Stop Bird comparisons: McDermott drew a laugh from the assembled media Thursday when asked if he had heard people comparing him to Hall of Famer Larry Bird.
"I've heard it, but they're crazy," he said. "Because there's not another Larry Bird, I don't think, in my mind. If I could do half of what Larry accomplished, I'd be just fine. It's pretty cool just to be mentioned in the same sentence as him, but there's not going to be another Larry Bird."
The comparisons between the two players grew louder in recent months after McDermott, who won several national player of the year awards for the 2013-14 season, appeared on a Sports Illustrated cover in the same pose with two cheerleaders that Bird made famous while he was at Indiana State. Despite trying to back away from the comparisons, McDermott admitted he still watches tape of Bird before every game he plays.
"I watch Larry Bird highlights before every game," he said. "That was kind of my routine. I wasn't old enough to really watch him growing up, but my dad was, my grandpa was. So I know a lot about Larry just growing up, studying his game."
The last word: Duke prospect Rodney Hood said he was scheduled to meet Friday with the Bulls. As with McDermott, he believes he could fit in right away.
"Most definitely," Hood said. "Especially with Derrick coming back, being able to push the ball and find shooters, I think that's something they lacked this year and I can come in right away and knock down shots for them."
Korver's first two seasons with the Bulls also coincided with Thibodeau's first two seasons in Chicago. The Bulls led the league in regular-season wins and left an indelible mark on the popular Atlanta Hawks sharpshooter.
"I have so much respect for the core of the Chicago Bulls the last few years," Korver said after the Bulls beat the Hawks on Saturday night. "Just the way they approach practice, the way they approach games, the way they approach details, the way they play every day. When you've been a part of that, like the blood, sweat and tears, for a couple years, it kind of carves a spot in your heart a little bit. Obviously, Chicago is an incredible city to play basketball in. The Bulls uniform, there's so much history to it. So I really appreciated my two years here. I'm glad to be a Hawk, I'm excited about where we're headed. But for sure there was a good couple years here. Fun."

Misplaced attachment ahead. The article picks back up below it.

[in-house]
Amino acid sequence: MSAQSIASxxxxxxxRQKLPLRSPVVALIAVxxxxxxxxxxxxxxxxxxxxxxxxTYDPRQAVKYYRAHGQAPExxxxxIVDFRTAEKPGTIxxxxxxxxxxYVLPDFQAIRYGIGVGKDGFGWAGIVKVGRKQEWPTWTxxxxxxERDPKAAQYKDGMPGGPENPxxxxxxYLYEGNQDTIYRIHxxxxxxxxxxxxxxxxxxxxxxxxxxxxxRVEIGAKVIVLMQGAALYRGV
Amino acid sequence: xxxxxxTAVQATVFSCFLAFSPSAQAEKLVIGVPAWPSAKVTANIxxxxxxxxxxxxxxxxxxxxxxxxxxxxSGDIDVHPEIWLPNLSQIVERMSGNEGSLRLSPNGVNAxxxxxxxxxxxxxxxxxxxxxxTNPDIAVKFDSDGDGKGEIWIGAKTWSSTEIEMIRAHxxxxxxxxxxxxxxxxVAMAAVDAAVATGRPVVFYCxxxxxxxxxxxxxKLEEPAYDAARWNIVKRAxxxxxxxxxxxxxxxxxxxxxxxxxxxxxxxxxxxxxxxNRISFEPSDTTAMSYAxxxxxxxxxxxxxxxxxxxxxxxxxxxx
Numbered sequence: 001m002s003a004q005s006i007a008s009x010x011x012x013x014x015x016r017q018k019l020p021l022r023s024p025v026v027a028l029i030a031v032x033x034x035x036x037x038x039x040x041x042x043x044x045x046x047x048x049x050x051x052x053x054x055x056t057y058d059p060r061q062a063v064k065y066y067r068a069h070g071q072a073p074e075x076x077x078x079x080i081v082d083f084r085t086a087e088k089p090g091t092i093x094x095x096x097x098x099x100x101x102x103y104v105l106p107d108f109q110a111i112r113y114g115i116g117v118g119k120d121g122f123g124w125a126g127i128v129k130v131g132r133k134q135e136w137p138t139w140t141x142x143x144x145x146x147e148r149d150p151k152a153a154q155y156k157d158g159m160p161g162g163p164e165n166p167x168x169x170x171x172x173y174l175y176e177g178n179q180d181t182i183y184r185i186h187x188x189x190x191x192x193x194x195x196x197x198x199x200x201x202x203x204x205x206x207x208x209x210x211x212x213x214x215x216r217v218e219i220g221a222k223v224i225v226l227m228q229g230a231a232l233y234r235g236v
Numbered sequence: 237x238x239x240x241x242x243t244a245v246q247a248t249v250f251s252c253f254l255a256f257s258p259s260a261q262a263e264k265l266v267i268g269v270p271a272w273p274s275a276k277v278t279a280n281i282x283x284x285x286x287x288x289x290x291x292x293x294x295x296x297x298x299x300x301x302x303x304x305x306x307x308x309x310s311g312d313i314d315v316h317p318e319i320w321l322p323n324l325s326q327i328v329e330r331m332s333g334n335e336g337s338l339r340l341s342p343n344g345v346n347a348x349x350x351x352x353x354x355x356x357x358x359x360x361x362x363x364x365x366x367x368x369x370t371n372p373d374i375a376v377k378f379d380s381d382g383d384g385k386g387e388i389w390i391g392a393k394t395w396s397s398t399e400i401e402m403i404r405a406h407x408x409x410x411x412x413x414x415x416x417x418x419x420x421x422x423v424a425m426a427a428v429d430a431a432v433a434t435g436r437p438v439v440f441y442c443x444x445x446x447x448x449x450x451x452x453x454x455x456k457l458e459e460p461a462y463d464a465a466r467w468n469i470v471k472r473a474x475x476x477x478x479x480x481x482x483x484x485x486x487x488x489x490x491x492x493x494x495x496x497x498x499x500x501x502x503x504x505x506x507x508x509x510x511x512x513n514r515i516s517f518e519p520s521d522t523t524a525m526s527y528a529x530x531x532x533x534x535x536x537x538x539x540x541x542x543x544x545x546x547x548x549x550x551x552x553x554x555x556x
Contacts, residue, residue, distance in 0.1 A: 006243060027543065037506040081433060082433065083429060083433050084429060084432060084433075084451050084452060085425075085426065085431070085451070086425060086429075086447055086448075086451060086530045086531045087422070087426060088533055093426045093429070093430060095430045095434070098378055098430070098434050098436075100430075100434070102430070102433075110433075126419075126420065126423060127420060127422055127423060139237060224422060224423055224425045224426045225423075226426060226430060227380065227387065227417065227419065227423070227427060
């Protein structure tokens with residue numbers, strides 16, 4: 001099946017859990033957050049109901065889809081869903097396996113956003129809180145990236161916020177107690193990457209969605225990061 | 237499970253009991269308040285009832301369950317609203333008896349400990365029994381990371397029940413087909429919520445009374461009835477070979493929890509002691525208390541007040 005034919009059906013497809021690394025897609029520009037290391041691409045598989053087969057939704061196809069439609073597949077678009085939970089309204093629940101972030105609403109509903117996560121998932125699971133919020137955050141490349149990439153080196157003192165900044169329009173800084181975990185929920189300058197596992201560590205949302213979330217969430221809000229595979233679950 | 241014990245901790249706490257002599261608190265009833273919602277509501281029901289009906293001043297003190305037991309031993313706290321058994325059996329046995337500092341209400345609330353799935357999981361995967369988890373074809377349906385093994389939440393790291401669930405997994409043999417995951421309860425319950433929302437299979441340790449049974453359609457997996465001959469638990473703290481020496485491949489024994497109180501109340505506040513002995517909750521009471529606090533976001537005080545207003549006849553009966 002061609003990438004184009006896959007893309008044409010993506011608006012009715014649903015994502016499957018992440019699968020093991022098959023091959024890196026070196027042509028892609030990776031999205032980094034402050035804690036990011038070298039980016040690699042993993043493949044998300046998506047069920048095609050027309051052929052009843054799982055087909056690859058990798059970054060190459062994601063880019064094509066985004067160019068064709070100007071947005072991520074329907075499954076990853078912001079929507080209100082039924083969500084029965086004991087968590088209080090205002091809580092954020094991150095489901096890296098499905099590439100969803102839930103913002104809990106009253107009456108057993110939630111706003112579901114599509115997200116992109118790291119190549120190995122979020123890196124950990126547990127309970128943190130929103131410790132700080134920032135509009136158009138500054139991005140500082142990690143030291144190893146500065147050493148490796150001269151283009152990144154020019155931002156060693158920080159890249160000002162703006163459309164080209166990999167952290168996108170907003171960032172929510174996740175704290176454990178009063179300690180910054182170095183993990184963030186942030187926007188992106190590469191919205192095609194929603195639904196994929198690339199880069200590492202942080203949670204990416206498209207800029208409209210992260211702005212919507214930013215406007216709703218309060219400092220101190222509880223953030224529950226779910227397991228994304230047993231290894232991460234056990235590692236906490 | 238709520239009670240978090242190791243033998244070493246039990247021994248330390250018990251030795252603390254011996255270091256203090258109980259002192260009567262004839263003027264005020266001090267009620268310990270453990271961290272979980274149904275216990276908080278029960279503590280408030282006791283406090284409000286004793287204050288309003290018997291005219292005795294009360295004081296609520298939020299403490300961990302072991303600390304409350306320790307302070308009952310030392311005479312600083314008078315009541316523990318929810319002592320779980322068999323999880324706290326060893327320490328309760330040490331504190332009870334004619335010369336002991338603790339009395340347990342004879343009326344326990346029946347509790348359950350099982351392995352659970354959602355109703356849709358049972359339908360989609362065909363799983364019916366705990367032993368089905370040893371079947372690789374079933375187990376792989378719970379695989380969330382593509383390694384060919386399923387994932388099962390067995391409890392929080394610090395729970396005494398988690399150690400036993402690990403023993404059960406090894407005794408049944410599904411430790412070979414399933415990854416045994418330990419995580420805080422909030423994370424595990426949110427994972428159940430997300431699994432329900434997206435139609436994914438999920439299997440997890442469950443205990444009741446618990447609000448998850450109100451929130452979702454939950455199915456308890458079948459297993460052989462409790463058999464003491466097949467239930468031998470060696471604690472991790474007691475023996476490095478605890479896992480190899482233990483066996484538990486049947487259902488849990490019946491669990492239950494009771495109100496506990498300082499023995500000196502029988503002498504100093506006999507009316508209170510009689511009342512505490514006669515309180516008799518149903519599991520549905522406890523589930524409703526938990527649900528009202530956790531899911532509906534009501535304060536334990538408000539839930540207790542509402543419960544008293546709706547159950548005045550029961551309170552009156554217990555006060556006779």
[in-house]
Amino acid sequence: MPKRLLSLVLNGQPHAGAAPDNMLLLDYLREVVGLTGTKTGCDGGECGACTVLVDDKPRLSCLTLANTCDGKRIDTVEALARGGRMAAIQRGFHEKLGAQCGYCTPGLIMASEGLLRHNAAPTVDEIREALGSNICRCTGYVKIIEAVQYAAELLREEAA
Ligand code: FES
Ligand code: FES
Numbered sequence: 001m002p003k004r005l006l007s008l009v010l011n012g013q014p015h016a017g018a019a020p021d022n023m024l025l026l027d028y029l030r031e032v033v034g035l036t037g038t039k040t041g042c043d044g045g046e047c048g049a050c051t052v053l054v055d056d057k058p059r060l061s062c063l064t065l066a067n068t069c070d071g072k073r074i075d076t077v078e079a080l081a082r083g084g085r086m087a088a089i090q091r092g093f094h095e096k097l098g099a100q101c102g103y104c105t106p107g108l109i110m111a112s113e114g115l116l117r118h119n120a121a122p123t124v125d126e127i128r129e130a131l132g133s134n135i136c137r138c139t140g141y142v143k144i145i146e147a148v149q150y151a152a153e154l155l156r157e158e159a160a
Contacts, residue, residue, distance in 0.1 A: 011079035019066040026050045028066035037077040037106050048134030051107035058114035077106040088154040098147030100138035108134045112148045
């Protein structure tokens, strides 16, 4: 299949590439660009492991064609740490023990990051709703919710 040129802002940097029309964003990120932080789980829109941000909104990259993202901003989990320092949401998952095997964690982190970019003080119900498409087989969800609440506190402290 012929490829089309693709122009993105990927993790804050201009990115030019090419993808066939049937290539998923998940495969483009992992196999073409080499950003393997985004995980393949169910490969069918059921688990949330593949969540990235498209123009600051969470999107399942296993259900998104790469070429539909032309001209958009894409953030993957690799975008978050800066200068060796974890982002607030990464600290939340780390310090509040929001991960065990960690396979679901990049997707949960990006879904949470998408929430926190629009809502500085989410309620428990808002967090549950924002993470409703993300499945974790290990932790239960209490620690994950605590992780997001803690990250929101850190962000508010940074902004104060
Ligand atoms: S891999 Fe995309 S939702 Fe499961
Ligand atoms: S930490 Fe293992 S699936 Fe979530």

"Well, I don't like to give up three-pointers to anyone," Thibodeau said after Friday's practice. "So that's the way we're going to approach it."
"We know (three-point shooting) is one of their strengths as a team," Thibodeau said. "It's one of his strengths. So obviously, you've got to get back, get set, keep the ball out of the paint, protect your basket. It requires you to make multiple efforts. You've got to get out to his shot, you've got to have the ability to run him off his shot. And then you have to do that without being undisciplined where you're just giving wide open shots to other people. So it requires you to be very disciplined and to have an awareness of where he is at all times. And he moves great without the ball -- if you turn your head on him he knows how to find an open area. (He's) very clever."